Don’t avoid communicating with those who are suffering and don’t turn a blind eye to suffering. Be aware of the fact that there is grief in the world. Do not put yourself in their place or immerse yourself in your own feelings. It is better to live simply and share time, energy and material resources with those in need. Don’t do things that harm people and nature. Do not invest in companies that deprive others of a chance to survive. Choose a profession that helps you realize your ideal of compassion. Don’t kill and don’t let others kill. Respect others and help when you can.
Take deliberate actions
Whatever you do, try to keep your mindful attention throughout the day for as long as you can. For example, if you’re washing dishes, pay attention to the contact with the water, the surface of the plates, and the changing tactile sensations. If you are walking, look around and observe the landscape, sounds, and smells around you. Can you feel the surface of the sidewalk through your shoes? Can you smell the air? Do you notice the air moving through your hair and enveloping your skin?
Try to take more walks, ride your bike, work in the garden, or go to the gym. Try to set up a conscious and inquisitive attitude toward your own body while exercising. Pay attention to the thoughts and feelings that arise. Maybe you’ll notice that you clenched your teeth or have the first signs of disgust or other negative thoughts and feelings. Try to follow them. Breathe with them and direct your breath toward them. Try to gradually increase the duration and intensity of your exercises without losing conscious attention to your body.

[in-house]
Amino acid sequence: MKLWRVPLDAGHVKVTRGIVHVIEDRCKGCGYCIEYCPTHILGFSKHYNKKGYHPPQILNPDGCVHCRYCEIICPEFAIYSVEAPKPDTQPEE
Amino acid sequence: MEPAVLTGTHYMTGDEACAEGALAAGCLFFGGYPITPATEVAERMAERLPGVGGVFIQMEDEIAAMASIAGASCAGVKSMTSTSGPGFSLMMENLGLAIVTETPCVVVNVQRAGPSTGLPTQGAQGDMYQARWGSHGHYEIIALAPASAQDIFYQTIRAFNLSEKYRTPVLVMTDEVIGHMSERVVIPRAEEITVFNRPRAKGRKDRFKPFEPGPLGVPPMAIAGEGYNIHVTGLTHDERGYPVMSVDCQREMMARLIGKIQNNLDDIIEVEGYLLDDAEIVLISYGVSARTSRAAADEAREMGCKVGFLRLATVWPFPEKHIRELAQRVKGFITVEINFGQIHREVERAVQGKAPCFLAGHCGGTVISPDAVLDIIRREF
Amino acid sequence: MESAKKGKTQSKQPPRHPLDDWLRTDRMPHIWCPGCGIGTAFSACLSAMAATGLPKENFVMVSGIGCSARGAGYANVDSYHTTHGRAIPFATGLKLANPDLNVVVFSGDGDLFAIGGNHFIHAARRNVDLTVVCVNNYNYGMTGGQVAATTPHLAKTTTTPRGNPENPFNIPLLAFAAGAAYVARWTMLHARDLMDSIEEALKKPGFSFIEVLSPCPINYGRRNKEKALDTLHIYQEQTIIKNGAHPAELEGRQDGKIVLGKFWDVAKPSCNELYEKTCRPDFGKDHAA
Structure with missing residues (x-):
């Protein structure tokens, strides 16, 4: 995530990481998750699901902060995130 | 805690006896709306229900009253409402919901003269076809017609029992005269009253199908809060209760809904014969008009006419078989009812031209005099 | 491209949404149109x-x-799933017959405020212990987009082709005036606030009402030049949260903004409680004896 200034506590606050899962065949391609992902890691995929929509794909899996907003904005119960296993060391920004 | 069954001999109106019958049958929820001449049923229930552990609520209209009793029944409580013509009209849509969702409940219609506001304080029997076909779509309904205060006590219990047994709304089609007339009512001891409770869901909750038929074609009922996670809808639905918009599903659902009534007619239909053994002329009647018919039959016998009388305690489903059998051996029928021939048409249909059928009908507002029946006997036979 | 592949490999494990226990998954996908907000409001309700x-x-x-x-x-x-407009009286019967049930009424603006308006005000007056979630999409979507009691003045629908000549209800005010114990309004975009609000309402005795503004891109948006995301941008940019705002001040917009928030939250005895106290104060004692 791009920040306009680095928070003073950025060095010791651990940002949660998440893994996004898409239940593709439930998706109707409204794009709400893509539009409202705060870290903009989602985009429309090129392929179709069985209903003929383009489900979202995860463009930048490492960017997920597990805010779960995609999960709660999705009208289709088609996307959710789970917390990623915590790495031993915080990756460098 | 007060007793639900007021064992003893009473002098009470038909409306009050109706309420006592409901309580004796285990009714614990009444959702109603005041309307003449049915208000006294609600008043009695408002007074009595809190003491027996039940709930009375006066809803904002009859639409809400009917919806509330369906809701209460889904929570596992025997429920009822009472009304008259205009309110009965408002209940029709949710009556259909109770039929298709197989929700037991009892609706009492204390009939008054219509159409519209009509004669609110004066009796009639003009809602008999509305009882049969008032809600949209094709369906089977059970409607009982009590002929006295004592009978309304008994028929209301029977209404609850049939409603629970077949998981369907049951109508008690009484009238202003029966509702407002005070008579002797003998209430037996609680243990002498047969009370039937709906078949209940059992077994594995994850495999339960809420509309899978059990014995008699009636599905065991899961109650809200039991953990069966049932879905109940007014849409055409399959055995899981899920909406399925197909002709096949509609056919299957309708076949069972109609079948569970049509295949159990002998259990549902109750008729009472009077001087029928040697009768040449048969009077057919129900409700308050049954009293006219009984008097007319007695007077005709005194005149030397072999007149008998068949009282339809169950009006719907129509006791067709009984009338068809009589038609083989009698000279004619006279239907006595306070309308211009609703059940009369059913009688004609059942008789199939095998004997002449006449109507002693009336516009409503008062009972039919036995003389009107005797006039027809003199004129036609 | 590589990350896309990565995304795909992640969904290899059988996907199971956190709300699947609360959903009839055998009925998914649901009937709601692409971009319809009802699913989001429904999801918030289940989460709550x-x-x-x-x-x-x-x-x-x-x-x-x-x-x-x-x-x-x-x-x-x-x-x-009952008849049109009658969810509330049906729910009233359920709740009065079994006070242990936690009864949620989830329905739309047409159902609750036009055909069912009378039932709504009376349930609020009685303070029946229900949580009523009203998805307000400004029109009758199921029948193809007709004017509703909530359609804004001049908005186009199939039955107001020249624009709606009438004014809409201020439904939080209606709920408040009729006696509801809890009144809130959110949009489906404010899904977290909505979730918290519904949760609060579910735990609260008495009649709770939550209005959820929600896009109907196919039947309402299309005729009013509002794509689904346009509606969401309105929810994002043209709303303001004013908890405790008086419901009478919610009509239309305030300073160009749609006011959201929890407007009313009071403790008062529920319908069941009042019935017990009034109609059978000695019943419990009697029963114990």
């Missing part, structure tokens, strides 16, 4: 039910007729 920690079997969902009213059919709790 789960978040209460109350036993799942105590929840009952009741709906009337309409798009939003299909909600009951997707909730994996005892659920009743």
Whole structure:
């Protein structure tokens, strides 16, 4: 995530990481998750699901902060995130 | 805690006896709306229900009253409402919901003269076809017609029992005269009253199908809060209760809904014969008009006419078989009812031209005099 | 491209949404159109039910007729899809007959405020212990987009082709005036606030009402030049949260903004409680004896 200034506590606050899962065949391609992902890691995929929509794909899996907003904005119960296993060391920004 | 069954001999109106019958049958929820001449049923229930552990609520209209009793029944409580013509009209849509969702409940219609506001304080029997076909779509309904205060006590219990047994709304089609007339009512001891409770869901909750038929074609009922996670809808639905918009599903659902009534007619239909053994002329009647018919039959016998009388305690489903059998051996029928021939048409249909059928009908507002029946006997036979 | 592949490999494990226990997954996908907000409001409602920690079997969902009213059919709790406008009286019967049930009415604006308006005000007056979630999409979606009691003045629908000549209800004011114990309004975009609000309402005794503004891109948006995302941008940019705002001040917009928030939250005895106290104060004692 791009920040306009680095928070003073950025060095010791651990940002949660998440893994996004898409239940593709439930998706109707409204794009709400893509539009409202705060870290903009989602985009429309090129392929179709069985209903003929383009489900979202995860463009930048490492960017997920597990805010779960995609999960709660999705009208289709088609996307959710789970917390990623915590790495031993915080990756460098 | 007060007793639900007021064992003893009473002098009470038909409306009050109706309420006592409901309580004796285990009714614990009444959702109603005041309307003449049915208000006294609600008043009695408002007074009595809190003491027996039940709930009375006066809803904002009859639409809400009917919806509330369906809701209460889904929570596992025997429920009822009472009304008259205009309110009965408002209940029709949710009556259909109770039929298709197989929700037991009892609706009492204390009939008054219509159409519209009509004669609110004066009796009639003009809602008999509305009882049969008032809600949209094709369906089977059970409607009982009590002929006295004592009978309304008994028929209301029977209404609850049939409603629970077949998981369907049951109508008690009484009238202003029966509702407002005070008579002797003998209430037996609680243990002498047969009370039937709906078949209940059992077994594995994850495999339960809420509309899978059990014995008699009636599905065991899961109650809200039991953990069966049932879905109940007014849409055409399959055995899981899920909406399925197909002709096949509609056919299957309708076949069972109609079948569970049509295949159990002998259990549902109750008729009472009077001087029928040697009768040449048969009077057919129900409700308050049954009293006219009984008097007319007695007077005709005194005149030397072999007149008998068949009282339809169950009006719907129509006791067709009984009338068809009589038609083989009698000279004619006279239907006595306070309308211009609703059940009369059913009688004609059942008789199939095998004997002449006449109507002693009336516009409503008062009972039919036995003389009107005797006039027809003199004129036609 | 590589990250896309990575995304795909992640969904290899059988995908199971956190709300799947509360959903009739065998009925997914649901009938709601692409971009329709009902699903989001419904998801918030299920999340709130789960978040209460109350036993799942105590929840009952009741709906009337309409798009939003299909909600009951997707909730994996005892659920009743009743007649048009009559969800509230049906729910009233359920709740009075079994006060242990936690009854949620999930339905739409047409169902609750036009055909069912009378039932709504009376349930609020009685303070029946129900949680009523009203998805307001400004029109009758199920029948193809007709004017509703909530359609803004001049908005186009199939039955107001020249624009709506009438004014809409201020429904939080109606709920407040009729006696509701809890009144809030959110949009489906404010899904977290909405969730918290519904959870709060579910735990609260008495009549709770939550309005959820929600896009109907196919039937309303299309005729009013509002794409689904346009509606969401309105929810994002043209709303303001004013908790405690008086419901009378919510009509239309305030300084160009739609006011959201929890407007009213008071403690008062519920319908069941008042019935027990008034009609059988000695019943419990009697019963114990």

Avoid imposing views
Do not blindly follow any doctrine, theory or ideology and do not get attached to it. All belief systems only point the way, but they are not the absolute truth. Avoid narrow-mindedness, and do not be bound to present views. Do not in any way force others, including children, to accept your views-not by authority, not by threats, not by bribery, not by propaganda, not even by education.
Free yourself from the inner noise
You no longer have the need to chase meaningless goals. We all need silence. Stop the noise in your head to enjoy the truly magical sounds of life to listen to. Then you will live your true and profound life. Experiencing your presence in the present, in the here and now, can be done in solitude. It doesn’t mean you have to move to a desert island or go into the woods. Practicing solitude means learning to be in this particular moment in time without thinking about the past or the future. Just find a way to spend some time each day in physical solitude. This will fill you with strength and help you look deeply inside yourself. Even in the middle of the city, you are able to be alone with yourself and not be distracted by the crowds. In order to connect with the world, you must first turn to yourself and connect with yourself.
Remember your breath
Your breath is always with you, it helps you to be in the present. Breathe consciously when you hug a child or a loved one. Breathe when you wash the dishes or eat at the table. Breathing is like a good friend, a constant reminder that you are loved just the way you are.
Awareness gives you the inner calm that allows you to look deep inside yourself and understand who we really are and what we want out of life. The practice of mindfulness is very simple: we stop, breathe and quiet our minds. We come back to ourselves and enjoy being here every moment. And at this point there is all the joys of life.